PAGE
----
Thursday, November 05, 2009

Quantitative Easing

So, the Bank of England is to print another £25bn to pump into the economy, but it will be spent over three months (half the previous rate). By my calculations, that means a shortage of about £8bn/month between QE and the government's borrowing - previously they were about the same. Are the global money markets able to pick up the slack

Now, obviously, the BoE cash isn't going directly to public-sector borrowing - that would violate EU law - but it is going indirectly, giving the banks a profit margin from buying new-issued Gilts and then selling them on to the Bank. The net flow is the same, though - newly-printed money is supporting the government deficit, and there'll be less of it in the near future. The further dilution of Sterling is unlikely to appeal to potential investors, though the "small" delta here probably won't make much difference in the short term; likewise, it's probably too small to have a significant effect on exports.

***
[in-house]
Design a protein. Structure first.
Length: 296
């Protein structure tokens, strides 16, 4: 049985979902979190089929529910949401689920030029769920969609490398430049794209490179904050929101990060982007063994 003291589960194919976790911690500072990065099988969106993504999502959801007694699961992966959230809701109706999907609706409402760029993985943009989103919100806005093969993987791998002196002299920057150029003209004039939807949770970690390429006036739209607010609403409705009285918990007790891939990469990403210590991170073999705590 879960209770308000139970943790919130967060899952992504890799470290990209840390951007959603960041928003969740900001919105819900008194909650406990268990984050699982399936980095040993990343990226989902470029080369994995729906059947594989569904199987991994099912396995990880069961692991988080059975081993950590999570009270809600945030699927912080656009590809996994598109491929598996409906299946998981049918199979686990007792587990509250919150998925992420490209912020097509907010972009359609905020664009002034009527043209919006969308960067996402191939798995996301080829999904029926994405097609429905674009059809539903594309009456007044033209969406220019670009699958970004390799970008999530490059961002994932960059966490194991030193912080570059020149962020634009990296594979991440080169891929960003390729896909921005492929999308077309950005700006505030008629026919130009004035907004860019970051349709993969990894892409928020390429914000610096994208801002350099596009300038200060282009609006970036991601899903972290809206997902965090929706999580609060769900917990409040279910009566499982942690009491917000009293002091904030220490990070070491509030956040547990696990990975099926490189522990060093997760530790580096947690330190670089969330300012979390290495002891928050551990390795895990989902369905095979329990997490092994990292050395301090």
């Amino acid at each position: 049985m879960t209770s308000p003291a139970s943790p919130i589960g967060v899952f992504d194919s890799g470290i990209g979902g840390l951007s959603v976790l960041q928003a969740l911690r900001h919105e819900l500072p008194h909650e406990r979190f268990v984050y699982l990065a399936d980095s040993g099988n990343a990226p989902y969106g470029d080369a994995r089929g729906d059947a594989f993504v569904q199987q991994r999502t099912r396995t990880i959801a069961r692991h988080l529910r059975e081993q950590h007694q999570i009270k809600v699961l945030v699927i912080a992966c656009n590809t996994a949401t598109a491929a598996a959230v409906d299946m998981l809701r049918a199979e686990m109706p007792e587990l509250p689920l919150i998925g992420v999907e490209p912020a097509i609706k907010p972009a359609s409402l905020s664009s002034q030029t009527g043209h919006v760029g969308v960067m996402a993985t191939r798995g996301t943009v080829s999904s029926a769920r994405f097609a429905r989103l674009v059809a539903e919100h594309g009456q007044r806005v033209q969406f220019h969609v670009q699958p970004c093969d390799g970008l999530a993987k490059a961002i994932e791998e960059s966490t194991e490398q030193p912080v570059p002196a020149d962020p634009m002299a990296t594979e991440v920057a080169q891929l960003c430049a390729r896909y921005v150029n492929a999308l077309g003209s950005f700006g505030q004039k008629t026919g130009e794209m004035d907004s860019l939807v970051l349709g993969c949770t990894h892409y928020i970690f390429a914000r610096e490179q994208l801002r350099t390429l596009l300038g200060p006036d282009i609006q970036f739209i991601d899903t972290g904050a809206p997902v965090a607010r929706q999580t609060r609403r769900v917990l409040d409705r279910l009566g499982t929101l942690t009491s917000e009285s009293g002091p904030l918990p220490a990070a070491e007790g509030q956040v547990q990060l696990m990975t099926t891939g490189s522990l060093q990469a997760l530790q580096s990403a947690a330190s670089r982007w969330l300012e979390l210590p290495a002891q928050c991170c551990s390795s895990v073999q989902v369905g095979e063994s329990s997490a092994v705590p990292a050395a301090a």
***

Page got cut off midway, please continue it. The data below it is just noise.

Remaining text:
Which all adds up to bad news for the hopes of getting out of the recession this quarter - if the government can't push enough money through the economy, it can't raise GDP, which means no "technical recovery"...

- KoW

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Blogger Angry Walrus said...

I had a look at this QE in terms of keeping the government debt rating at AAA

11/06/2009 11:03:00 am  
Blogger The King of Wrong said...

Heh... looks like our posts, and then our comments, overlapped :)

11/06/2009 12:49:00 pm  

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